Diadromous Fish: A species of fish that migrates between fresh and salt water.
Dredging: The removal of material from the seabed, for a variety of purposes, including the clearing of channels for navigation, or the extraction of minerals.
Ecological Integrity: The abundance and diversity of organisms and processes responsible for ecosystem resilience and biological diversity.
Ecosystem: A dynamic interlinked complex of plant, animal and micro-organism communities and their non-living environment interacting as an ecological unit. An ecosystem can range in size, e.g. from the size of an intertidal pool to the size of the Earth's oceans.
Ecosystem Approach: An ecosystem-based approach to the management of human activities means an approach which ensures the collective pressure of human activities is kept within the levels compatible with the achievement of good environmental status; that does not compromise the capacity of marine ecosystems to respond to human induced changes; and that enables the sustainable use of marine goods and services.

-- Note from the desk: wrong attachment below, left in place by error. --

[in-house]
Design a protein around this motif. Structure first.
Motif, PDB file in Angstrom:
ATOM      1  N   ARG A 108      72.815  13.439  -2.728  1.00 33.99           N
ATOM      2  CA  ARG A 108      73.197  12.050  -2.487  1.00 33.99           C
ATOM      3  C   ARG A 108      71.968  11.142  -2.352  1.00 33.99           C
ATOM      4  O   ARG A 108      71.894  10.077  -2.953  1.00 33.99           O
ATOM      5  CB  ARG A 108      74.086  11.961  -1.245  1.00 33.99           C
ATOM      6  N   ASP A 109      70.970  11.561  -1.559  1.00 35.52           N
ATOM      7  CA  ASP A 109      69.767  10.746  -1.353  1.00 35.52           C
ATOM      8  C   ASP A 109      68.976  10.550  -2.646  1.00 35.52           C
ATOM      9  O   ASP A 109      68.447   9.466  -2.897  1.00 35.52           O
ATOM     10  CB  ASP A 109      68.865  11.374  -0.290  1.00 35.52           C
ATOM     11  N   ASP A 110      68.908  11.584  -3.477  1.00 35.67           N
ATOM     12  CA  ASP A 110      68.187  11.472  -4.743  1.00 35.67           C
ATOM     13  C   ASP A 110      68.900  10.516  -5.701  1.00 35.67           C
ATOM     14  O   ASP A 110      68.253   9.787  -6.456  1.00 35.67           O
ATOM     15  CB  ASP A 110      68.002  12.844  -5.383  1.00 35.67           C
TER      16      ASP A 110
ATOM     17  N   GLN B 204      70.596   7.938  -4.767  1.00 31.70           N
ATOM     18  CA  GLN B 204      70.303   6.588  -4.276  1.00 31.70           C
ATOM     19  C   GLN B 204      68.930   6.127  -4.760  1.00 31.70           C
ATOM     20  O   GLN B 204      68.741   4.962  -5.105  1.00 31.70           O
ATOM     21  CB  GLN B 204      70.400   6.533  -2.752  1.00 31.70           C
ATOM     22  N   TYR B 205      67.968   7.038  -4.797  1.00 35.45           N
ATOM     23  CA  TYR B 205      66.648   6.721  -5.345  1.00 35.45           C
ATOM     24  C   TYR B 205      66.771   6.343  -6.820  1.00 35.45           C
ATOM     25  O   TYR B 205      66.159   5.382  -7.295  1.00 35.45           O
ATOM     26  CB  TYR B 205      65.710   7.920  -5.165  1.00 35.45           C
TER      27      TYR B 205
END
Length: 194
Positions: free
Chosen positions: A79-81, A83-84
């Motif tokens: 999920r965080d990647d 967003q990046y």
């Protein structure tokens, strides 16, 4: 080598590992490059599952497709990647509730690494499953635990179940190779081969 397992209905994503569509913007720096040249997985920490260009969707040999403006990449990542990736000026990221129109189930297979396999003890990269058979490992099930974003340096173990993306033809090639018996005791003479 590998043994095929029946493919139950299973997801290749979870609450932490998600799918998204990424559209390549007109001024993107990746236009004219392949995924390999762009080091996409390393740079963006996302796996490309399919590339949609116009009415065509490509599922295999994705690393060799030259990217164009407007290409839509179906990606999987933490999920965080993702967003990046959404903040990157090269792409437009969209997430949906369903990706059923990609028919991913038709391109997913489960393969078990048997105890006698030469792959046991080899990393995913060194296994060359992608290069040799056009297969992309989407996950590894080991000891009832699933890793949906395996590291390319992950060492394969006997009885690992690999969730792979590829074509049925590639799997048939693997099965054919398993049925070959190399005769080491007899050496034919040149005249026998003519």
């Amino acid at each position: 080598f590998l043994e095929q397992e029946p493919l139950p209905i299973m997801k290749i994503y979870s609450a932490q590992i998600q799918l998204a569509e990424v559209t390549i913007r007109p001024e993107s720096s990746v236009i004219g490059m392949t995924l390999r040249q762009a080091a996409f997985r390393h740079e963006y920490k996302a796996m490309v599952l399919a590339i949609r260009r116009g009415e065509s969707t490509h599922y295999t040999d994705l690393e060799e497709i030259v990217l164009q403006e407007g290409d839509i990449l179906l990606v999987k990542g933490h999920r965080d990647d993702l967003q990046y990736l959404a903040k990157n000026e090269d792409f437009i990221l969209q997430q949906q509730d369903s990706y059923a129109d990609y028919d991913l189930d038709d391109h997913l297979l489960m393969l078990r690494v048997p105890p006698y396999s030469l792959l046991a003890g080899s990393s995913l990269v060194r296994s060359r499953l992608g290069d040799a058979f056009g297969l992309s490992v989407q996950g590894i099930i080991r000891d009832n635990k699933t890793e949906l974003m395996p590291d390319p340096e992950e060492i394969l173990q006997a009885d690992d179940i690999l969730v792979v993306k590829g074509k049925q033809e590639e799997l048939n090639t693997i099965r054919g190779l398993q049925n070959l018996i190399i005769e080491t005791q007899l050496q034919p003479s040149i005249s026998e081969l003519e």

Ecosystem Services: Ecosystem services are the benefits provided by ecosystems that contribute to making human life both possible and worth living.
EMEC : European Marine Energy Centre, based in Orkney.
Environmental Impact Assessment ( EIA): An assessment of a specific development and its impacts on the surrounding environment.
EU Birds Directive: EU Directive 79/409/ EEC on the Conservation of Wild Birds, as amended.
EU Habitats Directive: EU Directive 92/43/ EEC on the Conservation of Natural Habitats and of Wild Flora and Fauna, as amended.
EU Marine Strategy Framework Directive ( MSFD): EU Directive 2008/56/ EC on establishing a framework for community action in the field of marine environmental policy, known as the Marine Strategy Framework Directive.